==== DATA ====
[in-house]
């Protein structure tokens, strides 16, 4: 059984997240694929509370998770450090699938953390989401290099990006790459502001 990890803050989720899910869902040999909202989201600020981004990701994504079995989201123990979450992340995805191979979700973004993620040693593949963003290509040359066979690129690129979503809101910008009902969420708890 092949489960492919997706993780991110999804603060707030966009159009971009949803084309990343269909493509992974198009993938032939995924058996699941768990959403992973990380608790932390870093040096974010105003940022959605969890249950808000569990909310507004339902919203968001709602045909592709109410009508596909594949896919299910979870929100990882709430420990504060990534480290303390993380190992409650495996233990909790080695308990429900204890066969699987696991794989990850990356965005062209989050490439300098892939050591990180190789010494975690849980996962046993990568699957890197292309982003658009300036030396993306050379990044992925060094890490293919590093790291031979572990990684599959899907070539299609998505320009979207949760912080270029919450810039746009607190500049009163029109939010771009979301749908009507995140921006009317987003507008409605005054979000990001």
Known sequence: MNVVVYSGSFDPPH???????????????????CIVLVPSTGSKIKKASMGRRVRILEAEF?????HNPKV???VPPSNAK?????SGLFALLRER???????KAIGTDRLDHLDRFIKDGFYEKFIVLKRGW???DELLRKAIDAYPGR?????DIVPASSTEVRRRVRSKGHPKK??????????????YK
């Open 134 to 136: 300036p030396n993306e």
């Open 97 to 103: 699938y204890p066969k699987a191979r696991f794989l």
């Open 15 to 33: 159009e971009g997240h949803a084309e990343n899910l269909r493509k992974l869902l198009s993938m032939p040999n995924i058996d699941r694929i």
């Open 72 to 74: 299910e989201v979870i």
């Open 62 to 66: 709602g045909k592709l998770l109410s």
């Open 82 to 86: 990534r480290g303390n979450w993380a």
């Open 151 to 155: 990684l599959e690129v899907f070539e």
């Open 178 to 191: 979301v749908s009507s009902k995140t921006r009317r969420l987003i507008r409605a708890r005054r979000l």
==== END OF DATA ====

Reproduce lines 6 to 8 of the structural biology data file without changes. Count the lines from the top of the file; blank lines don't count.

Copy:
């Open 15 to 33: 159009e971009g997240h949803a084309e990343n899910l269909r493509k992974l869902l198009s993938m032939p040999n995924i058996d699941r694929i």
């Open 72 to 74: 299910e989201v979870i």
């Open 62 to 66: 709602g045909k592709l998770l109410s």